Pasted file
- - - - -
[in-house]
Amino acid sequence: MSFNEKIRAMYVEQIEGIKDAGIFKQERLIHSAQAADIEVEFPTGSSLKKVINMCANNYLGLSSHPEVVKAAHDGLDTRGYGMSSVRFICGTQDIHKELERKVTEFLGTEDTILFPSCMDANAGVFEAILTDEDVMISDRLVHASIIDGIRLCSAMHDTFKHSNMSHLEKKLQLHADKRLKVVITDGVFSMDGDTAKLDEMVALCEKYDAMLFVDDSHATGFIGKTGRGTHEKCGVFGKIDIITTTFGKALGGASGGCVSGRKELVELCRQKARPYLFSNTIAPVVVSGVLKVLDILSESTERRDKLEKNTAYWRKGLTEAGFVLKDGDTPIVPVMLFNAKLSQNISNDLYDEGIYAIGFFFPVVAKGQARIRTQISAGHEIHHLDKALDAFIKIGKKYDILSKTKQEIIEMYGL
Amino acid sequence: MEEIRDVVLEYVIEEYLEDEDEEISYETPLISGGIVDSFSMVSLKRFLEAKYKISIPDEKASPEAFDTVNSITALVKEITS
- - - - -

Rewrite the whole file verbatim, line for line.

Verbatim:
[in-house]
Amino acid sequence: MSFNEKIRAMYVEQIEGIKDAGIFKQERLIHSAQAADIEVEFPTGSSLKKVINMCANNYLGLSSHPEVVKAAHDGLDTRGYGMSSVRFICGTQDIHKELERKVTEFLGTEDTILFPSCMDANAGVFEAILTDEDVMISDRLVHASIIDGIRLCSAMHDTFKHSNMSHLEKKLQLHADKRLKVVITDGVFSMDGDTAKLDEMVALCEKYDAMLFVDDSHATGFIGKTGRGTHEKCGVFGKIDIITTTFGKALGGASGGCVSGRKELVELCRQKARPYLFSNTIAPVVVSGVLKVLDILSESTERRDKLEKNTAYWRKGLTEAGFVLKDGDTPIVPVMLFNAKLSQNISNDLYDEGIYAIGFFFPVVAKGQARIRTQISAGHEIHHLDKALDAFIKIGKKYDILSKTKQEIIEMYGL
Amino acid sequence: MEEIRDVVLEYVIEEYLEDEDEEISYETPLISGGIVDSFSMVSLKRFLEAKYKISIPDEKASPEAFDTVNSITALVKEITS